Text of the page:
CFDs are a form of derivatives with which you can bet on the future development of underlying assets such as stocks. They can have a lot of margin (leverage) and are loosely regulated since they are not traded directly on stock exchanges but over the counter.

Again, I just wanted to mention CFDs for completeness, not to encourage you to use them. I have never traded with CFDs, and I never intend to. Simple passive investors do not need such complicated instruments to invest successfully.

Conclusion

You should now know everything you need to know about the Swiss Stamp Tax (or Swiss Stamp Duty). It is simple to understand this tax. But it is essential to understand it since you will likely have to pay for many years if you invest in the stock market.

If you are using a Swiss broker, there is little you can do about this tax.

On the other hand, foreign (non-Swiss) brokers are exempted from this tax. This exemption means that you can save money on your transactions by using a foreign broker like DEGIRO or Interactive Brokers. And since these brokers have other advantages, it is difficult for Swiss brokers to compete.

Capital gains taxes in Switzerland is something else that many people do not understand. Find out all about capital gains and taxes in Switzerland.

Did I forget anything about the Swiss Stamp Tax?

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Baptiste Wicht started thepoorswiss.com in 2017. He realized that he was falling into the trap of lifestyle inflation. He decided to cut his expenses and increase his income. This blog is relating his story and findings. Since 2019, he has been saving more than 50% of his income. He made it a goal to reach Financial Independence. You can send Mr. The Poor Swiss a message here.

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37 thoughts on “Swiss Stamp Tax Duty – All you need to know”

  1. Hi
    First thank you for your very complete site and infos
    Is it legal to use foreign brokers when you are a swiss resident?
    What happens when you declare a foreign broker account to the swiss tax authorities?
    how do you declare your assets without the FISCAL declaration document ( that all swiss brokers do)

    1. It is legal. At least many expats do that, and I’ve been doing that for 6+ years.
      In ZH tax autorities are okay with statement which Interactive Broker provides.
      Most importantly you just need to declare all dividends and pay the taxes.

    2. Hi

      Yes, it’s perfectly legal. But you have to declare everything on your tax declaration.
      You can use a report from your foreign broker in your tax declaration, that’s not an issue.

  2. I have one question about this stamp duty tax.
    It is clear it is applicable when you buy or sell a Swiss stock/ETF or Foreign stock/ETF using a Swiss broker (Swissquote, Saxo, Cornertrader etc).

    However, what is the law when securities are transferred from one foreight broker to another broker which is Swiss. For example IB to SQ or IB to Saxo?

    It somehow feels that people are exempted from this tax if they buy securities with one broker and trasnfer to another. But is it really the case? OR Swiss broker will need to capture stamp duties in case of incoming transfer of securities?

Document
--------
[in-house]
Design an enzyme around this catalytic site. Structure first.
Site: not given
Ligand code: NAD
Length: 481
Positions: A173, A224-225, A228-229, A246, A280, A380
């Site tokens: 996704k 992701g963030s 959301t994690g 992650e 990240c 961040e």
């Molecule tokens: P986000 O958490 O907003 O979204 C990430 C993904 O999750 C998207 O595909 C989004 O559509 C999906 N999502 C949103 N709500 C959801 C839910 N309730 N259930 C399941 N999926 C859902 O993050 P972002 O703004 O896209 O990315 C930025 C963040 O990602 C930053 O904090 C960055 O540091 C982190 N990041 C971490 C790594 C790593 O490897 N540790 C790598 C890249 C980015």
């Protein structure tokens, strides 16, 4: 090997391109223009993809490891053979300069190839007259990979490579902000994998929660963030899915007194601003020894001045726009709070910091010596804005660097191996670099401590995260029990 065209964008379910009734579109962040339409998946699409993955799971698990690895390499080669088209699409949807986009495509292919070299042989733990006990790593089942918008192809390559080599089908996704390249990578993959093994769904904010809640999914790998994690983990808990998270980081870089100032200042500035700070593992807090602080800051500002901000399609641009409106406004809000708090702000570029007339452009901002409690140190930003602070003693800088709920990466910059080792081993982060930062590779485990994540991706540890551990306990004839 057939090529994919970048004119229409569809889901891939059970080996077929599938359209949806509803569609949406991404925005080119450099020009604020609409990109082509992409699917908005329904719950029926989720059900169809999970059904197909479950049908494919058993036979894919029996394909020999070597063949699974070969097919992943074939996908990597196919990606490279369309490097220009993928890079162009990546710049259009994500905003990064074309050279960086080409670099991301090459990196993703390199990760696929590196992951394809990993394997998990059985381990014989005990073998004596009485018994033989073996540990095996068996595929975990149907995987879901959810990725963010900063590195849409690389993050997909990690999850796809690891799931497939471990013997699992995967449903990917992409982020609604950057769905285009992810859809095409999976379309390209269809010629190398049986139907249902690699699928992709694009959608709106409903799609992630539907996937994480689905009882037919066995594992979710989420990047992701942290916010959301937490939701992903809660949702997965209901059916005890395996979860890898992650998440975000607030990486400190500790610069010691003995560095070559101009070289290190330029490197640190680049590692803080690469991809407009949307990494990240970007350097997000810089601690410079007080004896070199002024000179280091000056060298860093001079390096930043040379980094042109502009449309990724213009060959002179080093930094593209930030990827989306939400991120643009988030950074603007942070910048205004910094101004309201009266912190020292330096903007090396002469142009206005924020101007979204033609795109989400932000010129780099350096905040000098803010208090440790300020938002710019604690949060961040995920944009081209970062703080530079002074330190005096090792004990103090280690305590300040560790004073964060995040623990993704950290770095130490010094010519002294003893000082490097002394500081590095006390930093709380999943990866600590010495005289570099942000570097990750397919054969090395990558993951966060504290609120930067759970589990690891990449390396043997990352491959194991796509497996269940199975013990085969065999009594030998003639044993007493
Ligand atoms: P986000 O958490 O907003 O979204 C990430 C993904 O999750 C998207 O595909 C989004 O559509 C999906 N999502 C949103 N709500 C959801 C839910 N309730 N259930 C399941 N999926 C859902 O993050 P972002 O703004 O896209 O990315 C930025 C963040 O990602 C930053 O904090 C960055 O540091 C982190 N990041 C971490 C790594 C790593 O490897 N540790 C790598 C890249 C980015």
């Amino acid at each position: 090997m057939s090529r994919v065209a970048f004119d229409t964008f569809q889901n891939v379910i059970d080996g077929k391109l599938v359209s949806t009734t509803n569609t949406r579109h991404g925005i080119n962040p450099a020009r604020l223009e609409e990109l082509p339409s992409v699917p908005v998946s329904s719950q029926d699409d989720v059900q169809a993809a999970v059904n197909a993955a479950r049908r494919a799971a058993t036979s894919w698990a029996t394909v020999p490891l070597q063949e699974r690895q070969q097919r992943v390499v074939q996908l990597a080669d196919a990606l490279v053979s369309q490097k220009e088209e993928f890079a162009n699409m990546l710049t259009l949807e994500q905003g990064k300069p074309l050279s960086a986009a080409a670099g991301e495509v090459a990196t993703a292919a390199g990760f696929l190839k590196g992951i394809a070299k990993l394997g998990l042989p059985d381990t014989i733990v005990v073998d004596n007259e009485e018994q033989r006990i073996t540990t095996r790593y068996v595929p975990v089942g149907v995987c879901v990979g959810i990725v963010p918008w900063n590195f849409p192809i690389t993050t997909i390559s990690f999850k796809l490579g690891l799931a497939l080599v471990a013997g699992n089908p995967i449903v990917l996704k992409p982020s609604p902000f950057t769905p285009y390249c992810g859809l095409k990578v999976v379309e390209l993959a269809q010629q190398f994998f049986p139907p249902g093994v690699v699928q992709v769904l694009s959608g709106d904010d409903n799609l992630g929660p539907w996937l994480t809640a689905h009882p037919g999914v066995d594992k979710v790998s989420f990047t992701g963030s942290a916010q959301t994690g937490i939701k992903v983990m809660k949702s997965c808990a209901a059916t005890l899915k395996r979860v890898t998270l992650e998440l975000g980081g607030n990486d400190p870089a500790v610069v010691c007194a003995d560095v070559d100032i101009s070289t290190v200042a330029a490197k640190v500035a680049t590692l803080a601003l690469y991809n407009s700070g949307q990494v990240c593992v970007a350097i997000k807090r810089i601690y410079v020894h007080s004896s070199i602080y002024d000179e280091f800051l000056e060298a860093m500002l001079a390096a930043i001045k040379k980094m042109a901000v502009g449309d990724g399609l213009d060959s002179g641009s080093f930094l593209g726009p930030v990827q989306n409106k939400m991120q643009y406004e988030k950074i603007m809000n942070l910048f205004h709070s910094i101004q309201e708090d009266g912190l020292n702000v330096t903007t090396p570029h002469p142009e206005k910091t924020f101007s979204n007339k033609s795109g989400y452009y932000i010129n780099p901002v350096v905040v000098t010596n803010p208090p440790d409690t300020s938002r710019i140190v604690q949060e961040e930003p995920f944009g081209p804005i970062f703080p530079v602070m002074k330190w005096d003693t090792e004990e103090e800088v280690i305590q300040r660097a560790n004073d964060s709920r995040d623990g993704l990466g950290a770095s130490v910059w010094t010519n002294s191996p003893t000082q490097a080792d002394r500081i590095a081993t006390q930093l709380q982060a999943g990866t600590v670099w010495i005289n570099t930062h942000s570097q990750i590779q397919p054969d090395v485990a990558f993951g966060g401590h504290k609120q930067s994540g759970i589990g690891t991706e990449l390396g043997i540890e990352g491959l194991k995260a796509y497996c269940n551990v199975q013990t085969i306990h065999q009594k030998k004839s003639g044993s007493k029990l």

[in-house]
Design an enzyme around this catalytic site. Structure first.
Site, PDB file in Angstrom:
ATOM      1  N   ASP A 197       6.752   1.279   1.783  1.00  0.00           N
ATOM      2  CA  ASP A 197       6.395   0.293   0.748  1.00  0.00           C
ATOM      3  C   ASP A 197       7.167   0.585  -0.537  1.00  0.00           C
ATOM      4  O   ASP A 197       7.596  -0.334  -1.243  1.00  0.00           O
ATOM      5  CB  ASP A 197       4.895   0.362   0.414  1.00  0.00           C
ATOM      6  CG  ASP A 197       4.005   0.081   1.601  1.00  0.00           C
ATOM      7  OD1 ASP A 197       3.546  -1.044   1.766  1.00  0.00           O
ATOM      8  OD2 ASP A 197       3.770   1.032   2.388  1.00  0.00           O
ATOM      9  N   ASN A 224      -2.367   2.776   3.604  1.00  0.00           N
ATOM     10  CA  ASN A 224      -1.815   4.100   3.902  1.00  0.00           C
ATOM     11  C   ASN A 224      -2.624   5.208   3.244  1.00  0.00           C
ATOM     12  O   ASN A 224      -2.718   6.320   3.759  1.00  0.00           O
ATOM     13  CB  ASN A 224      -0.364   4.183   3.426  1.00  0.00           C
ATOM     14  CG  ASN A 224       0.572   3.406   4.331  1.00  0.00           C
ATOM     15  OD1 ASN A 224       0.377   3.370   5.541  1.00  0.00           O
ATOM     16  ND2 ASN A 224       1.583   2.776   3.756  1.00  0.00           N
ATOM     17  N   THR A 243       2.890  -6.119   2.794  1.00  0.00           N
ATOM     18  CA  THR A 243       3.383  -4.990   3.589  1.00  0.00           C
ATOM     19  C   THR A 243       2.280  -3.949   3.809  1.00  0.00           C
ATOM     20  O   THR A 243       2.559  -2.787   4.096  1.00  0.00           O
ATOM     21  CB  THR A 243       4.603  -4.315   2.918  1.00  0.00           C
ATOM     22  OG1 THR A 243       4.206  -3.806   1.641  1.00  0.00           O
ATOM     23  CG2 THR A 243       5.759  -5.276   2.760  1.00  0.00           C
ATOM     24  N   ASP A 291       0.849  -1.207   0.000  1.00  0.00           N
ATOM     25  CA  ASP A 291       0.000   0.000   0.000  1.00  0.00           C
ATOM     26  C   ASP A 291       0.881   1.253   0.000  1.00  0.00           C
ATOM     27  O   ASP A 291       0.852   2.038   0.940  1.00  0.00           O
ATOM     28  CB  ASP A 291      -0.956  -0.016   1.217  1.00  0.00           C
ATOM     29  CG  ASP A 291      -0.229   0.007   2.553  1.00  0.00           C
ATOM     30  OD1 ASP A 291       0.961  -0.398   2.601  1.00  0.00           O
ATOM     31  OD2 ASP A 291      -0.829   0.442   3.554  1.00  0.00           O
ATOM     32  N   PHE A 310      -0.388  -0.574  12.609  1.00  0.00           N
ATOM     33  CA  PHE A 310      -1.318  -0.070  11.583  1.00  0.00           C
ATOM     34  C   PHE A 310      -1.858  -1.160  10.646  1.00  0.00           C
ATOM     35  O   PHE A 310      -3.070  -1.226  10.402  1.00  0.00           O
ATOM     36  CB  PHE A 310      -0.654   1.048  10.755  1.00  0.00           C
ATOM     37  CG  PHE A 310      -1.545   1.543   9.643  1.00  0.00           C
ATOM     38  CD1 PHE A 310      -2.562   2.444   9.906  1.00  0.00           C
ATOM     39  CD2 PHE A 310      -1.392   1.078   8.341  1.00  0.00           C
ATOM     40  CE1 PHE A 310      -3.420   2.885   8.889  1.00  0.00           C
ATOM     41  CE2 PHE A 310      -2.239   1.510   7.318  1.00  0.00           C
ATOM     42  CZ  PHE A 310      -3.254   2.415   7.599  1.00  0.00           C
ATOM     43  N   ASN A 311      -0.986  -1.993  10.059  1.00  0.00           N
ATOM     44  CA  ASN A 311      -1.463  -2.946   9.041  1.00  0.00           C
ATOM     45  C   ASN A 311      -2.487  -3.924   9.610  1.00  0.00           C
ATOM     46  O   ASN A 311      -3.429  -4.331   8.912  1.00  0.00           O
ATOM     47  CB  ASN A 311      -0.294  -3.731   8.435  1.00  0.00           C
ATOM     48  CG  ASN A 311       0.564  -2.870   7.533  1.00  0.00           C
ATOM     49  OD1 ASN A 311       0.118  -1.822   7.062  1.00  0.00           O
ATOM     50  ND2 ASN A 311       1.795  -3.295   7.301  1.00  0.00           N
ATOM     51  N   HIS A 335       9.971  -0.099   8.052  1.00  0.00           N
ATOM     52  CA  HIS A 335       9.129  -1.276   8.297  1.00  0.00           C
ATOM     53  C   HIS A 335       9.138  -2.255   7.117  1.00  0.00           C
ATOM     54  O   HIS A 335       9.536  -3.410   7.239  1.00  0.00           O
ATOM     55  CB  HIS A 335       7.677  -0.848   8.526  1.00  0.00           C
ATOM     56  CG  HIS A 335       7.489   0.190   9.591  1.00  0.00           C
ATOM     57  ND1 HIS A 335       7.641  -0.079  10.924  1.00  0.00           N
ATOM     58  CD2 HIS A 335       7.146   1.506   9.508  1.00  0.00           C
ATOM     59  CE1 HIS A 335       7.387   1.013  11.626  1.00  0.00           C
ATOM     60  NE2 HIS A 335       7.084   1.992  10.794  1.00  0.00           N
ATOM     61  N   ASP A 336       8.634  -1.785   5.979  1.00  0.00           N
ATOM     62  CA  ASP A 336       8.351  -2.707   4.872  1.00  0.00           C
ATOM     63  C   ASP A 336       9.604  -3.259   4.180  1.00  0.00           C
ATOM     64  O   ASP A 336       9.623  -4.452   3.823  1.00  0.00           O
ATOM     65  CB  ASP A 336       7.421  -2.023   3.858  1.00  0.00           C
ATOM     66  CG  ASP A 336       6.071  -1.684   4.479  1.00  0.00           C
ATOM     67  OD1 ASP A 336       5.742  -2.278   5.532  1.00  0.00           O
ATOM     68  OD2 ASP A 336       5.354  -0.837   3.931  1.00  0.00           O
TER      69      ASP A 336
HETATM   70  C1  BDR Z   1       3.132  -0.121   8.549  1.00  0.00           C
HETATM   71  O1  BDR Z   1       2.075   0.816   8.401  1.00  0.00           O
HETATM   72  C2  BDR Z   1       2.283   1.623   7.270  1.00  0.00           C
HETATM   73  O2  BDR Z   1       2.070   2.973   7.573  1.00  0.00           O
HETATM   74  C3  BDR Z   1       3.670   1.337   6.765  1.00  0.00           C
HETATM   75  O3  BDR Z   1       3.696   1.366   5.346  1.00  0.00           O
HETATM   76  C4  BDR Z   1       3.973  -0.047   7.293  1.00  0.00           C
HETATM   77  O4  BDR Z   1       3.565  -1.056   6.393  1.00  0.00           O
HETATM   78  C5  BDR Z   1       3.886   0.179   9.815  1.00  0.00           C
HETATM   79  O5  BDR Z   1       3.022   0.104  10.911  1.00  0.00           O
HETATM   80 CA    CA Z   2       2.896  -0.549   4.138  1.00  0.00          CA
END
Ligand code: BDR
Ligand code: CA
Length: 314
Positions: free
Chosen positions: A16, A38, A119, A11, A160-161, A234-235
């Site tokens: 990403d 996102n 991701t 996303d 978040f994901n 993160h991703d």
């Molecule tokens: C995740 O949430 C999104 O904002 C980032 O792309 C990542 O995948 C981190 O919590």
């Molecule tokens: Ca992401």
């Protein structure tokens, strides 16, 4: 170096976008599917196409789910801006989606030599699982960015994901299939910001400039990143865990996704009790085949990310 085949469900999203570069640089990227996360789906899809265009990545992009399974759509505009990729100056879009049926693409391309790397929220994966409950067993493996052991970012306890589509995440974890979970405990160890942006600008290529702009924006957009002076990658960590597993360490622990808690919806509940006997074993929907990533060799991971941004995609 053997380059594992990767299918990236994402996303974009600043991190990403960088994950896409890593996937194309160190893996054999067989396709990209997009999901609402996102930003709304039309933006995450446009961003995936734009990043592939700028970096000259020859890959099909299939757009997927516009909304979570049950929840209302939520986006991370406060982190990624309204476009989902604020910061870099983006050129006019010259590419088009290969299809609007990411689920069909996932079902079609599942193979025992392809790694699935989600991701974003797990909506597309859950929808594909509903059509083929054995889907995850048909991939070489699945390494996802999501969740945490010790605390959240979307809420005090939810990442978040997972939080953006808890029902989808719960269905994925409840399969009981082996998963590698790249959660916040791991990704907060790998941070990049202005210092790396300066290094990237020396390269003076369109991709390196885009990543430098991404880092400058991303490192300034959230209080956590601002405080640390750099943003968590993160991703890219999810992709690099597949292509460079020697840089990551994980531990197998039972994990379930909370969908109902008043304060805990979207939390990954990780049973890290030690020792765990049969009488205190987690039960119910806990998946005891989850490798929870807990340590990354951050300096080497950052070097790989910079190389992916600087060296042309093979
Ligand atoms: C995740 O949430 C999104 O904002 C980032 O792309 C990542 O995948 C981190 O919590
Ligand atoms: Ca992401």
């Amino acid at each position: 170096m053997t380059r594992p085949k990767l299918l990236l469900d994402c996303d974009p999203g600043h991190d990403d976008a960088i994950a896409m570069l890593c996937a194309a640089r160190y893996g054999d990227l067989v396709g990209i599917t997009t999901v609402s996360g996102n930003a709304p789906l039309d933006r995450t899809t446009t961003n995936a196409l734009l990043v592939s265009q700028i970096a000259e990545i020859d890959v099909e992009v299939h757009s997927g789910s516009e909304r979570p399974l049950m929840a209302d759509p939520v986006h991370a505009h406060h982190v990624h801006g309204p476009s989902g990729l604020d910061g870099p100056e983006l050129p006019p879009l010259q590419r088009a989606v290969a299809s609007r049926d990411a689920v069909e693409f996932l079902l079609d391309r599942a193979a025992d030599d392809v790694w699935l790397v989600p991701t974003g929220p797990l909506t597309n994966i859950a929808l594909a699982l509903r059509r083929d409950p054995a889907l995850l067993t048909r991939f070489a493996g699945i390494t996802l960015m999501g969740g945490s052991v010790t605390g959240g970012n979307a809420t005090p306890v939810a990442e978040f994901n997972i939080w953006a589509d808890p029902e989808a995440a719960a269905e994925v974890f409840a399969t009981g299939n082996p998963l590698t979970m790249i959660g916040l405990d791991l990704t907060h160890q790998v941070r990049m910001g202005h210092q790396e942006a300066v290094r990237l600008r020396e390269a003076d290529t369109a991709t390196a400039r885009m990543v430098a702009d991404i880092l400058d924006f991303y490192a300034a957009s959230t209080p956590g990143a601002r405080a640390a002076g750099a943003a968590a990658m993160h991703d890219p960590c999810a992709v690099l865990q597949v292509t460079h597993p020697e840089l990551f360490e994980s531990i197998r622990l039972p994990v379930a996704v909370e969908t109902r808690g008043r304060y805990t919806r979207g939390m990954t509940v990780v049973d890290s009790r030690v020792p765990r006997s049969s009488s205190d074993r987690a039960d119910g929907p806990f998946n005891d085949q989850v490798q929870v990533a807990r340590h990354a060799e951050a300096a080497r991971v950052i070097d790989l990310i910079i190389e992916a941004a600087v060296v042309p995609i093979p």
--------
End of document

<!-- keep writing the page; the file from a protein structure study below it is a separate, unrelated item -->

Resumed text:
I am not able to find clear information about this.

      1. Thanks for your comment.
        Just to be sure. You mean that there is no fees/duties etc to transfer share from IB to SQ?

    1. (cannot reply to your deeper comment)

      Assuming you buy outside of CH-Brokers (for example in US and probably EU, but I go only with US) and transfer that to SQ you will completely avoid stamp tax and yet keep stocks on a Swiss broker.

      – SQ will not charge you for that. In fact for new accounts they can even reimburse you 500 CHF. Because they get a new customer + you’ll start paying them 20-50 CHF/month for custody fee
      – I think IB does not charge you anything. I don’t see any fee neither in their prospects nor in my reports. But other brokers may charge 25-50$, so it’s not huge worst case.

      If you transfer OUT of SQ, then you’ll have to pay 100$ per position – again, not huge on large scale. But still, don’t transfer different ETFs to SQ, preferably keep 1-2, like VOO or VTI or VT or VWRL.

      I keep many ETFs on IB, but trasfer most of my VT to SQ to sleep slightly better.

      1. Typo, I meant “outside of CH-exchanges” (i.e., SIX).

        If you buy SIX:VWRL @ IB – you’ll still pay Stamp Tax.

      2. Thanks for your quick response

        Exactly my plan. Most likely VT or VTI from IB to Saxo… once a year and that’s it

      3. Dear Vanya

        I have one question. It seems that in order to get access to US ETFs, the Swiss brokers ask retail clients to upgrade to « qualified investor » .

        It is also the case for SQ? I am asking because you already have account at SQ.

        If yes, are there any tax implications to be qualified as « qualified investor » vs a normal retail client?

    2. Hi Abhiney

      I think that in this case, the Swiss broker will not levy the tax. As far as I know, it only applies to buy and sell operations, not to transfer operations.
      Since the shares were bought with a foreign broker, the tax is not due.

  3. As you correctly stated these taxes make Swiss banks and brokers uncompetitive. Why Swiss politicians fail to understand this is beyond comprehension.